With Washington officially backing up Japan’s pursuit of a collective self-defense, a significant change is expected to be come up in the security environment of Northeast Asia. The joint announcement that was made at the Security Consultative Committee in Tokyo on September 3 is predicted to shake the post-war regime in the region, which has continued since the end of WWII, to its root.
The US government has expressed its opinion that Japan needs to be guaranteed with a collective self-defense for a stronger alliance in the Asia-Pacific region. At the same time, it has been concerned over some misunderstanding on the part of South Korea and potential conflicts with China.
Reasons for the pursuit of a stronger US-Japan alliance despite opposition from Beijing and Seoul include the ongoing financial difficulties of the US and its need to keep China in check. In other words, the Barack Obama administration is trying to cope with the weakening role of the US Armed Forces in Northeast Asia by means of its military alliance with Japan.
At present, the general consensus is that the joint announcement is capable of neutralizing the Peace Constitution of Japan that was enacted after WWII. Under the circumstances, Japanese Prime Minister Shinzo Abe is expected to accelerate his change in the interpretation of the Peace Constitution for the collective self-defense, which has faced some severe opposition even in his own country.
Earlier than that, senior US Senator John McCain said on August 26 at a press conference in Seoul, “We need to realize that things are now different from when the Peace Constitution was enacted in the past.” The remark was criticized here as a support for Japan’s attempts to revise the Peace Constitution.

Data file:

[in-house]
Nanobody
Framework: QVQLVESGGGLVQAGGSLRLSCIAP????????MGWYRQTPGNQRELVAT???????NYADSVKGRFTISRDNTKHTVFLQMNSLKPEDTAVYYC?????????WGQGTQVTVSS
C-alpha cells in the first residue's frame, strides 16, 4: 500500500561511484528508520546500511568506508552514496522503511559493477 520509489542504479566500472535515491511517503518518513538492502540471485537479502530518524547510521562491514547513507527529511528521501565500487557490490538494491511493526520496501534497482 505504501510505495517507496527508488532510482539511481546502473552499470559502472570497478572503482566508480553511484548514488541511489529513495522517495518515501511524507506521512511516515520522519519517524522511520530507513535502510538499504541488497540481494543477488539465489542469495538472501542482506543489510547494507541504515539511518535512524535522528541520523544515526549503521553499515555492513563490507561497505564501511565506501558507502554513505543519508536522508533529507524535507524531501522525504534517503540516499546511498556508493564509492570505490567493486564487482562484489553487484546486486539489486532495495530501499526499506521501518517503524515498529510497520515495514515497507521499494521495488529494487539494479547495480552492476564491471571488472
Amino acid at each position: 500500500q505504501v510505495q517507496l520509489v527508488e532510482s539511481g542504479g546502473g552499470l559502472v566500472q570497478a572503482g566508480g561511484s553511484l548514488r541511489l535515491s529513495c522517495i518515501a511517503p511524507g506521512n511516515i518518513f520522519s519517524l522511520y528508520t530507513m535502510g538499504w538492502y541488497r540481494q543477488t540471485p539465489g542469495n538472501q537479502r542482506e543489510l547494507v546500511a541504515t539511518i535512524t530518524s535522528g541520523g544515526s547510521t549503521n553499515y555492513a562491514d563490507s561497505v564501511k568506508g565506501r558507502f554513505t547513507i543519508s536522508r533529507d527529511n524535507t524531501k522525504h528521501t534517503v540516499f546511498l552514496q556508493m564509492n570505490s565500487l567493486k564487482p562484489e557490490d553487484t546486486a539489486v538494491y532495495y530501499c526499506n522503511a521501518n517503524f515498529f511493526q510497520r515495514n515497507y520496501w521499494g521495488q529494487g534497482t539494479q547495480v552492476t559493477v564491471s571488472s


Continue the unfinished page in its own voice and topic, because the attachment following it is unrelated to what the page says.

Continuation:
In the meantime, the Ministry of Foreign Affairs of the People’s Republic of China said on October 6 that the agreement between Washington and Tokyo to amend the guideline for their defense cooperation could make neighboring countries nervous. The Xinhua News Agency also announced that a closer military cooperation between the US and Japan will put their alliance in danger in the end.
The Korean government has made no official comment about the announcement on the excuse that the details including the scope of activities of the Japanese Self-defense Forces have yet to be made public. This is definitely something unfortunate for Korea in that it is in no position to raise its voice in the field of international politics where critical interests are conflicting.
The Park Geun-hye administration needs to gather wisdom and diplomatic capabilities to set up new diplomatic, economic and military strategies in today’s international political dynamics taking a new shape at a rapid pace in the North East.